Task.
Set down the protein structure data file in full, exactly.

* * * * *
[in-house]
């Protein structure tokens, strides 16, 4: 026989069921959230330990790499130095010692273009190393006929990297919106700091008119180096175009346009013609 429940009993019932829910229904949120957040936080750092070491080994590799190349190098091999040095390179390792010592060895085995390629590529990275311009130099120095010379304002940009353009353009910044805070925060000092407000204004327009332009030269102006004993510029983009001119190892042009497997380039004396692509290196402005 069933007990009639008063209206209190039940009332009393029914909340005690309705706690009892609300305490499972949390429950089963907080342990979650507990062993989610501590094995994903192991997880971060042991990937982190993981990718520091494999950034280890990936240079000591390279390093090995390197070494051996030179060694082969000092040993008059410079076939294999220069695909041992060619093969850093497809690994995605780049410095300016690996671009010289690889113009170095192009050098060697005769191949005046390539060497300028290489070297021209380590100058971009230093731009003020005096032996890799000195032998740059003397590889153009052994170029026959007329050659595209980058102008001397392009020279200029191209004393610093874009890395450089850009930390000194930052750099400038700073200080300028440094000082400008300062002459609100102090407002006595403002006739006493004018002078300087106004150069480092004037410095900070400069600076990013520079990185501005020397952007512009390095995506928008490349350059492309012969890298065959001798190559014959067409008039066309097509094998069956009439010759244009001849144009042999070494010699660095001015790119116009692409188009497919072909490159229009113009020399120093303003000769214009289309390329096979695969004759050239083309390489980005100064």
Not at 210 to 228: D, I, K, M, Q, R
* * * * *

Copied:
[in-house]
């Protein structure tokens, strides 16, 4: 026989069921959230330990790499130095010692273009190393006929990297919106700091008119180096175009346009013609 429940009993019932829910229904949120957040936080750092070491080994590799190349190098091999040095390179390792010592060895085995390629590529990275311009130099120095010379304002940009353009353009910044805070925060000092407000204004327009332009030269102006004993510029983009001119190892042009497997380039004396692509290196402005 069933007990009639008063209206209190039940009332009393029914909340005690309705706690009892609300305490499972949390429950089963907080342990979650507990062993989610501590094995994903192991997880971060042991990937982190993981990718520091494999950034280890990936240079000591390279390093090995390197070494051996030179060694082969000092040993008059410079076939294999220069695909041992060619093969850093497809690994995605780049410095300016690996671009010289690889113009170095192009050098060697005769191949005046390539060497300028290489070297021209380590100058971009230093731009003020005096032996890799000195032998740059003397590889153009052994170029026959007329050659595209980058102008001397392009020279200029191209004393610093874009890395450089850009930390000194930052750099400038700073200080300028440094000082400008300062002459609100102090407002006595403002006739006493004018002078300087106004150069480092004037410095900070400069600076990013520079990185501005020397952007512009390095995506928008490349350059492309012969890298065959001798190559014959067409008039066309097509094998069956009439010759244009001849144009042999070494010699660095001015790119116009692409188009497919072909490159229009113009020399120093303003000769214009289309390329096979695969004759050239083309390489980005100064």
Not at 210 to 228: D, I, K, M, Q, R